When you come from a place of expressing gratitude both to what you have and the people around you, the change can be immense.

    If you express gratitude for what you have, you are less envious and fixated on what other people have.

    When you express gratitude to the important people in your life, it changes how you perceive them and how they feel about you.

    Gratitude increases your energy and your feelings of abundance. With gratitude, everything is appreciated.

    Gratitude also makes you a lot more creative and deepens your motivation. Handwritten notes, more expressive feelings, instantaneous notes or calls to the people that matter most become commonplace.

    The thing about gratitude, though, is that it requires an active pursuit in all areas of your business and life. It’s not about what that person has done for you. It’s about how you feel about them, and their value to you.

    Here’s a quick exercise:

    Think about the people that are most important to you.

    Next, write down 5 things you are grateful for, or appreciate, about that person.

    You could tell them the 5 things or just keep it to yourself and sense how you are with that person the next time you meet.

    Another important focus for gratitude is yourself. What are you grateful for today?

    Taking the time to look inwardly and appreciate what you have built momentum and motivation and makes you a lot happier.

    If you want to learn more ways to practice gratitude, check out these 40 Simple Ways To Practice Gratitude.

    9. Increase Your Energy

    Energy is a huge motivator. If we are fired up or excited about someone or something, we are usually very motivated.

    Think about the last time you achieved something important. I’m guessing your energy and motivation was high?

    If you’ve beaten your best time on the track, or lost the weight you wanted, or won a big piece of business, your energy will be sky high and you will want to dive back in again to improve your previous performance.

    When we are excited and motivated about the things we are doing, we bring high levels of energy.

    If you could spend more time doing the things that excite and motivate you, what would that mean for your business and life?

    High levels of energy produce continual growth and give you higher levels of confidence.

    Try this:

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    Pick three things that give you high levels of excitement and motivation. Commit to spending at least one more hour on each of the things every month.

    See what you can achieve. If it brings in the results you want, aim to spend more time on those 3 things and remove 3 things you want to spend less time on.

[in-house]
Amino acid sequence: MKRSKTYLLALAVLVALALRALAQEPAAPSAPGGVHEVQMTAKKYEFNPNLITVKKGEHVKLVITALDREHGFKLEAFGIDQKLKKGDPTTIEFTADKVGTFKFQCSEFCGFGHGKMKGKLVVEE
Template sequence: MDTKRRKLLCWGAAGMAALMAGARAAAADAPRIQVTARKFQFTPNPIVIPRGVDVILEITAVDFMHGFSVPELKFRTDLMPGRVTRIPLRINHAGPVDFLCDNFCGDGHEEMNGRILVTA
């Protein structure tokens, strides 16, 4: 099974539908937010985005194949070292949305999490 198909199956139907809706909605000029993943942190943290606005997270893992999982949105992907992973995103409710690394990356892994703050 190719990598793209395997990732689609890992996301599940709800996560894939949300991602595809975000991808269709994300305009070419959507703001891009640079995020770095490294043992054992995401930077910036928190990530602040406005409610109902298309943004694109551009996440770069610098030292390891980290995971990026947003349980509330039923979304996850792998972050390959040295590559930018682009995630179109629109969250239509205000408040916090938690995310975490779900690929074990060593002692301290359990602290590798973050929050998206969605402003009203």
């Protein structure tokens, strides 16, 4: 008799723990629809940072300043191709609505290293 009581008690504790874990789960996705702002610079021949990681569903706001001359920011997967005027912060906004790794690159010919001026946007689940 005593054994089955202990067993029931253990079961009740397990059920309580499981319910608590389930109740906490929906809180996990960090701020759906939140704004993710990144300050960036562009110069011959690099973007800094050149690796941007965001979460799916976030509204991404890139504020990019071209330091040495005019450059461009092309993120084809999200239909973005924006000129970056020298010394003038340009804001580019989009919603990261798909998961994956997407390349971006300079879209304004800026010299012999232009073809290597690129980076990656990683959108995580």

10. Visualize Your Ideal Future

    If your motivation is lacking, try focusing on the purpose behind what you are doing or on how it plays into the larger goal of what you want to accomplish.

    One great way to increase your brain power and motivation is to start thinking bigger and then challenge yourself to think bigger and bigger about your vision of your ideal future.

    Where would you like to be in 3 years or 5 years’ time? What is your bigger purpose in your business and life? What would have to happen to make you happy with your progress?

    Identifying and then focusing on your bigger vision gives you the feeling of working on something greater and being part of something bigger than yourself. It gives deeper meaning and purpose to your daily life.

    If you are putting long hours into something or making a lot of sacrifices to achieve something it will help put things into perspective and ensure your motivation stays strong.

    Can’t figure out your purpose yet? No problem, here’s How to Find the Purpose of Life and Start Living a Fulfilling Life

    11. Take More Actions

    If you’ve been resisting taking on a big project for a while, be that at home or at work, everything else in your life can begin to suffer.

    Sometimes, you just have to face your resistance and fear and do what you’ve been avoiding. That one thing, could make a real difference to your life.

    We all have lots to do and sometimes it’s easy to feel overwhelmed by the tasks at hand.

    The key is to prioritize so we make the best use of our time and make an internal commitment to just get started.

    One of my clients was very close to finishing a new online course but there were some things she was avoiding and procrastinating over. It was very easy for her to fill her time with social media updates, shiny new things and check out the things her competitors were doing to avoid taking action. She knew she was neglecting something really important to her personal goals and putting off things that mattered to her.

    I got her to focus just half an hour at the beginning each day for a week on this project. That amount of time grew as her excitement and motivation increased.

    She felt more excited and motivated by just getting started again and doing the work. This newfound energy also impacted other aspects of her life.

    She felt more in control and knew she would succeed. Just by taking one small step and getting started.

    Conclusion

    Here are some things for you to consider as you reflect upon this article:

    • What’s motivating you right now?
    • Are you as inspired as you want to be?
    • Are you open to new experiences?
    • Are you continually learning new and better ways to live?
    • Are you putting those into practice?
    • Do you want to be more motivated and inspired?

    Hopefully this article has provided some insights and you can use some of these tactics to help you live every day with a clear intention to get closer to achieving your goals.

    Featured photo credit: Pete Bellis via unsplash.com